19 Jan

Arts Heal And Galvanise Venue The Youth Of Timor Leste

Quirky is a way to describe this art venue The Lonely Planet about Arte Moris. However, Arte Moris (or Living Art) is more than just an art gallery and a fine arts college.

The center was established in 2003. The center provides a space for children Timorese to express themselves through art. While aiding them in sharing positive attitudes about their country. Famous freedom fighters posters, which are most popular among the youngsters. Such as the ones from Che Guevara as well as Bob Marley, surround teenagers who visit to learn. About the art of creating such as murals, sculptures canvas prints and more.

It was initially a concept of Swiss artist Luca Gansser and his wife, Gabriela Gansser. With the help of a group of youngsters, Arte Moris has slowly transformed. Into a highly-regarded and a unique art center within the nation. Since the beginning of its existence, Arte Moris was awarded. The UN Human Rights prize for its advocacy for free expression.

However, Arte Moris’ aim is not only to support the arts. It hopes to aid East Timorese people rebuild their lives following the bloody conflict for independence of one of the newest nations, which was established on the 20th of May, 2002.

Violence in Timor Leste Venue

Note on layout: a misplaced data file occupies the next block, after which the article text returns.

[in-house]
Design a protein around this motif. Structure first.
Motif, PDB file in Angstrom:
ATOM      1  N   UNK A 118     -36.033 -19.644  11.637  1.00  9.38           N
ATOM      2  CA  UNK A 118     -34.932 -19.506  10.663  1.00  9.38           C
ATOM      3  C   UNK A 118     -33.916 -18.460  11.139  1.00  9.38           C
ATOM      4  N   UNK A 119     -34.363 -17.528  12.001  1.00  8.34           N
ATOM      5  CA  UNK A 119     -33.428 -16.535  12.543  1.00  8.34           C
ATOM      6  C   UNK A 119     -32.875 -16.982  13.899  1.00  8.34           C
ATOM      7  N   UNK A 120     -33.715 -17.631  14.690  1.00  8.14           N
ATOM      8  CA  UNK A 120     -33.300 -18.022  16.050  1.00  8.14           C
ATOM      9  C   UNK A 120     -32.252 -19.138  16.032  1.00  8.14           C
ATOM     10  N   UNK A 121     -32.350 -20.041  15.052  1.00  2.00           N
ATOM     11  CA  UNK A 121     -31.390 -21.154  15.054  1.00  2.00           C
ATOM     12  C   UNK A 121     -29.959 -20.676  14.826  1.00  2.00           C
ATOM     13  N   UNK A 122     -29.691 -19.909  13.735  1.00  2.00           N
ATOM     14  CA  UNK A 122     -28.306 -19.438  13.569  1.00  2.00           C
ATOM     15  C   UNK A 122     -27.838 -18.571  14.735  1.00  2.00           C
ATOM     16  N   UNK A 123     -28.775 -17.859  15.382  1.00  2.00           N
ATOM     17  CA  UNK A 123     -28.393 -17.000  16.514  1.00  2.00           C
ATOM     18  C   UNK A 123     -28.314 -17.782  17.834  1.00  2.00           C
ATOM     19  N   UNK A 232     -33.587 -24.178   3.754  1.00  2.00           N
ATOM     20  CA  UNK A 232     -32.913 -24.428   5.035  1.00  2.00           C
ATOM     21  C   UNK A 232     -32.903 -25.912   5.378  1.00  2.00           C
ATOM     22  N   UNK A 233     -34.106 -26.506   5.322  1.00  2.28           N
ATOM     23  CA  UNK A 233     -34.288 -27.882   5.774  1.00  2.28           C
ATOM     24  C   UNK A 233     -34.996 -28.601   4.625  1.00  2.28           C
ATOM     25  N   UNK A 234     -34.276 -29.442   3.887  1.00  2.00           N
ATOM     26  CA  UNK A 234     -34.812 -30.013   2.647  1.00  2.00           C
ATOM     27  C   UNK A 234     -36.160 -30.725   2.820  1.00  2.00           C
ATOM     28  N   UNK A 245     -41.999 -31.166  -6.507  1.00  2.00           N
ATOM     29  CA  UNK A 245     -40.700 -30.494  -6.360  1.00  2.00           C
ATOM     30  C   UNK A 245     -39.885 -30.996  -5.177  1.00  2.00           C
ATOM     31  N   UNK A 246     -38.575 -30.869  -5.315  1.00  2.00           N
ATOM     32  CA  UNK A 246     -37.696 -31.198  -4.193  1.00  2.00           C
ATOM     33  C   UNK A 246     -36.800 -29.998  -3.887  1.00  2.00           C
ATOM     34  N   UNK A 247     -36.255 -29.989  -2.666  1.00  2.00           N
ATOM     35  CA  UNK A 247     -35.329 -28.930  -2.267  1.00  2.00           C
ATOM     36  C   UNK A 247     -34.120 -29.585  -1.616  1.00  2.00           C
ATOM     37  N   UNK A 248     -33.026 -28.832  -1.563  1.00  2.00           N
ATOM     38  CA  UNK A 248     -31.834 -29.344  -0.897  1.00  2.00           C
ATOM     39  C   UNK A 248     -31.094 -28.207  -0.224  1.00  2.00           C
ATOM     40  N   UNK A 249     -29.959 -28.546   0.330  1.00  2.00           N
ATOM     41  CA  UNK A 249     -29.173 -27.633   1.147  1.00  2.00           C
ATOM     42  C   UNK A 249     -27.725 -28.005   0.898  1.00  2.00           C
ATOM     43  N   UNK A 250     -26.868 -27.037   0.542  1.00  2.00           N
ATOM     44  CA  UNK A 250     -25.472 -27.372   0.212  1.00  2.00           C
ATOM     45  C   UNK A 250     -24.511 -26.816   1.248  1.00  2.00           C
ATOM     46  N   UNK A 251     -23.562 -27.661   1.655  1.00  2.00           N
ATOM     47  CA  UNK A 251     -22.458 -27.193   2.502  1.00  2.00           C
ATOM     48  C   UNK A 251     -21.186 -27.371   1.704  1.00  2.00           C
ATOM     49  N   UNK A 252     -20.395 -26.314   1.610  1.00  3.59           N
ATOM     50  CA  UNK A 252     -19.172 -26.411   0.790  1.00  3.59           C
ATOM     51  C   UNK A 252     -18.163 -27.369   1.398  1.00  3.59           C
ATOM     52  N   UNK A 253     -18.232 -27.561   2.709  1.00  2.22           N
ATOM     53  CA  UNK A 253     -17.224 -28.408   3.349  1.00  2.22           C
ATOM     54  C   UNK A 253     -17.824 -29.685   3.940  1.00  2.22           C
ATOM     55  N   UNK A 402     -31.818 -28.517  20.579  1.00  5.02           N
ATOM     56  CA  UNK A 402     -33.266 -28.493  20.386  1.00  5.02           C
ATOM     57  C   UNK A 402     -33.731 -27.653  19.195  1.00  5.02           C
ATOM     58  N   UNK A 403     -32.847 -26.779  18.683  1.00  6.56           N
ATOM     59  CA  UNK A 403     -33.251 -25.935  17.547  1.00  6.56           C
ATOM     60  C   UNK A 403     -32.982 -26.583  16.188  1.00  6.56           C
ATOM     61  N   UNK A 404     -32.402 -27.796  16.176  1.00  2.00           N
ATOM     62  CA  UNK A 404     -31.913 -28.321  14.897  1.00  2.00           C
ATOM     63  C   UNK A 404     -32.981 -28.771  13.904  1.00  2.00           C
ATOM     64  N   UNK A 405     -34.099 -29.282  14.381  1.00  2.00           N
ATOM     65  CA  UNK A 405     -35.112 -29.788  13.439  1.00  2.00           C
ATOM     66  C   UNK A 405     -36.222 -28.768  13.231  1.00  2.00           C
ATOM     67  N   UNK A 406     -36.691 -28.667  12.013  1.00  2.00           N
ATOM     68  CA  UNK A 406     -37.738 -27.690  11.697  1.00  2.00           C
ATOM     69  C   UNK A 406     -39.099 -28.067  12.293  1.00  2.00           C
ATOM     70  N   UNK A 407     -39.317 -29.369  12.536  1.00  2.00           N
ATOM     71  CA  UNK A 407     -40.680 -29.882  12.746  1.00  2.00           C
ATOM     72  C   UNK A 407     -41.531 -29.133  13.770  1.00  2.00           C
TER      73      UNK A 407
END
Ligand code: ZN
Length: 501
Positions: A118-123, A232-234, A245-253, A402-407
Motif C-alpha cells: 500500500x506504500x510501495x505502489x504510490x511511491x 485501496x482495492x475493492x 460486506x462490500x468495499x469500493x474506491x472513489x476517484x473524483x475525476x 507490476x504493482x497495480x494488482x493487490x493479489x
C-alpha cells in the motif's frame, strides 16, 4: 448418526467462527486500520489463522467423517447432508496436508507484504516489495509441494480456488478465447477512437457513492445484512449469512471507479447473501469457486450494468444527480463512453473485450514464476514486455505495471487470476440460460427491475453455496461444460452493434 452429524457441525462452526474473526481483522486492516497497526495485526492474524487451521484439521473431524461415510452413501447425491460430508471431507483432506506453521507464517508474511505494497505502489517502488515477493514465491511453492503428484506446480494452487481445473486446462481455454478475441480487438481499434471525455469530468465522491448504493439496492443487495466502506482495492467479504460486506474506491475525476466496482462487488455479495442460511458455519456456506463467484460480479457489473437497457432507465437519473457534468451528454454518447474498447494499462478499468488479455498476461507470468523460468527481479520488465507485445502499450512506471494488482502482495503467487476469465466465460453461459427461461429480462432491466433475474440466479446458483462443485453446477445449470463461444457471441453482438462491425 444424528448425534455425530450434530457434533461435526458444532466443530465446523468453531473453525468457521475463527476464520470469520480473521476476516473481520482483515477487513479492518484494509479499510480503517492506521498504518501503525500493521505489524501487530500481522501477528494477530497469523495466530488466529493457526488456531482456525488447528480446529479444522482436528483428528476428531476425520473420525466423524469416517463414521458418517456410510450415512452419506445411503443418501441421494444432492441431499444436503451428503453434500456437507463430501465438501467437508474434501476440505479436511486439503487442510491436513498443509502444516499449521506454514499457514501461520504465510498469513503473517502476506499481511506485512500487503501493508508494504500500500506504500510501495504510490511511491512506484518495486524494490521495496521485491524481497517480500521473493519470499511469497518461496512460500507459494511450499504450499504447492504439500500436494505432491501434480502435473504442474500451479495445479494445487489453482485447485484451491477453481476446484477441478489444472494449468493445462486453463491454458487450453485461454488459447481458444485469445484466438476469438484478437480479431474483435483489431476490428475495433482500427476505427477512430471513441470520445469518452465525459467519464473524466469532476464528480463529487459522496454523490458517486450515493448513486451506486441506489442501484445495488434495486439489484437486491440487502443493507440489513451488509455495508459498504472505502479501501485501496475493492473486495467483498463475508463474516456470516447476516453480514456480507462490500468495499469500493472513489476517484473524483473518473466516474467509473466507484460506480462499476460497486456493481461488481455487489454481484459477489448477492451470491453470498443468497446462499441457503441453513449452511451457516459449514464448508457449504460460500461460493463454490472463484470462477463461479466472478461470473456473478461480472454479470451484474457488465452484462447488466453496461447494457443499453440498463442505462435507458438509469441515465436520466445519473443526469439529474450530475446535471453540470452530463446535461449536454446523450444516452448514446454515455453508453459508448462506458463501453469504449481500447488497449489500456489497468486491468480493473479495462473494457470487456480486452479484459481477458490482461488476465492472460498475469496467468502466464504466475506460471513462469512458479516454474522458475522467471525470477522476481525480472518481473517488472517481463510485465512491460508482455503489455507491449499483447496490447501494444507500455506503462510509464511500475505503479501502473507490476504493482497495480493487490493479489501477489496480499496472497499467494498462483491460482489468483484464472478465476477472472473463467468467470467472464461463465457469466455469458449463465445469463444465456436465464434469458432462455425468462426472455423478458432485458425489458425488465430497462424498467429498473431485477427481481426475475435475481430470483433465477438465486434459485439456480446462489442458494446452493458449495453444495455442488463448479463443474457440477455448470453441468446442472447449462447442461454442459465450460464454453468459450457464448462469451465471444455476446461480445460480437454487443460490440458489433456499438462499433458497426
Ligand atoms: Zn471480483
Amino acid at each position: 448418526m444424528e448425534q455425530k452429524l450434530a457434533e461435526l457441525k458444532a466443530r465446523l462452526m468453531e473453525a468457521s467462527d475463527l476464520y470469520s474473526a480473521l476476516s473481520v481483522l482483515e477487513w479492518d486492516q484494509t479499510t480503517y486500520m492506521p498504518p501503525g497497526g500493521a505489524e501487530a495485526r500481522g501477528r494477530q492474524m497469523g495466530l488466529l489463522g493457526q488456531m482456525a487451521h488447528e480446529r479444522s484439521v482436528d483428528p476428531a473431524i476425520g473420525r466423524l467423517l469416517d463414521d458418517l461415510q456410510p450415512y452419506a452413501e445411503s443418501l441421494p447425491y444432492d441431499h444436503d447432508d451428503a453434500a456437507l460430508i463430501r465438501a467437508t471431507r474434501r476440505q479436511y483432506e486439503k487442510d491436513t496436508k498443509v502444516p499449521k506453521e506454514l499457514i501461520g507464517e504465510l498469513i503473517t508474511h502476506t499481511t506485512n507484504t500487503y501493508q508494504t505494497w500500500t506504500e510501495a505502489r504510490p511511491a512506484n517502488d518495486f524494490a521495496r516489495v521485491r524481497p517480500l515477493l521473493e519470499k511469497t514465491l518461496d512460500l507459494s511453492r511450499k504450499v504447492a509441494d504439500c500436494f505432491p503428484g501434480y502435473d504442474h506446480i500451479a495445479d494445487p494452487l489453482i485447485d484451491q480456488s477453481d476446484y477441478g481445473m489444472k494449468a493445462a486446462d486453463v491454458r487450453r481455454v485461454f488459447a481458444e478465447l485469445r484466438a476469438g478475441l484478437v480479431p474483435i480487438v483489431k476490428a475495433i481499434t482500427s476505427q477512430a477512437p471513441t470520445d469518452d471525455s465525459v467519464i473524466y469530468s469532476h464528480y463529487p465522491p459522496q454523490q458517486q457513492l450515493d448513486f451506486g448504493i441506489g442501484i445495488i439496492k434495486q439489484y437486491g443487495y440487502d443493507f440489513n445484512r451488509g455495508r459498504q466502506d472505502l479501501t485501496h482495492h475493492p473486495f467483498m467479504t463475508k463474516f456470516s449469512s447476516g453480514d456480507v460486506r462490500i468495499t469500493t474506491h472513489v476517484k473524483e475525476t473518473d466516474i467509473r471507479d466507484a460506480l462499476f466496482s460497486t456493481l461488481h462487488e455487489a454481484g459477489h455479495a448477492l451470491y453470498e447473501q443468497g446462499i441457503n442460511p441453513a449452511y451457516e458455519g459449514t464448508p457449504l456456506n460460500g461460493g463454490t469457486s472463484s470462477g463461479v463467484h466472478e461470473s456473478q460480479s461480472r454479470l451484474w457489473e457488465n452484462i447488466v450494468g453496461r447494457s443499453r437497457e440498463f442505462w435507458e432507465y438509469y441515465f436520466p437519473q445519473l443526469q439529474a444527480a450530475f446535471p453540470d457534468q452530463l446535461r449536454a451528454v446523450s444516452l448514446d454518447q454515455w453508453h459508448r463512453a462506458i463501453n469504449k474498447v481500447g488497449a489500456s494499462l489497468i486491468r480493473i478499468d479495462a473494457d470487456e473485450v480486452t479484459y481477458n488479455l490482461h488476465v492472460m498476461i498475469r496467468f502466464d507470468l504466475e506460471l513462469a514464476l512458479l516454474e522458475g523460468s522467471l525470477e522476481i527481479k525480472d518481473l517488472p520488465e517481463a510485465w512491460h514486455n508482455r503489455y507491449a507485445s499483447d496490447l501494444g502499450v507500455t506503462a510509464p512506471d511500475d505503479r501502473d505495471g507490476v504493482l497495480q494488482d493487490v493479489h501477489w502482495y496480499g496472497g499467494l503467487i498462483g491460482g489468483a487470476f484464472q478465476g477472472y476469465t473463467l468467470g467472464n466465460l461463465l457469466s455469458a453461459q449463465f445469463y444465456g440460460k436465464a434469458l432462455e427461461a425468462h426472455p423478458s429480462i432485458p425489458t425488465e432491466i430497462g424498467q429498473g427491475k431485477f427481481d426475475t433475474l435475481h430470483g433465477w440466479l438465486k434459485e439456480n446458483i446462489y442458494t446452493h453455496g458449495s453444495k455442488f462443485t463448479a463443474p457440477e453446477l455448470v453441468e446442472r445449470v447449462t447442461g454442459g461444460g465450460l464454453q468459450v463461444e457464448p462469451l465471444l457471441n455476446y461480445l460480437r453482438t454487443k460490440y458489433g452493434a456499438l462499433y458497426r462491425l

The Southeast Asian island was first colonized by the Portuguese in 1515. The country gained its autonomy from Portugal in November 1975 thanks to the Revolutionary Front of an Independent East Timor (Fretilin). It only last for just nine days before it was invade by Indonesian military.

The country was still under occupation until the 30th of August 1999 the day that an referendum on independence resulted in 78.5 percent of East Timorese people vote for independence from Indonesia. The result was a flurry of violent protests by Indonesian-friendly groups that needed an intervention by UN peacekeepers.

This led to the creation of the establishment of a UN Transitional Administration in East Timor (UNTAET) from 1999 until 2002, after which Timor Leste restored full independence.

The bloody fight against Indonesian occupation led to the bringing of East Timorese and East Timorese together. However, a conflict between the military and the political was trigger in 2006 when soldiers were fire.

The conflict escalated into series of fighting between soldiers, the army, police soldiers, urban youth and soldiers, including the killing of over 100 in 2006, and over 150,000 people displaced. The crisis highlighted a profound tension between the elderly and younger generations within the state.

Youth In Crisis Venue

Timor Leste has one of the largest populations of young people around the globe. The rapid growth of its population has brought attention to the state of affairs and situation of the young in the country.

According to an article from 2007 in the World Bank report titled Timor Leste’s Youth in Crisis: Situational Analysis and Policy Options The involvement of young people in violence across the country was among the most prominent aspects of the current crisis. Generation gap has become a major aspect of the current political discourse of Timor Leste.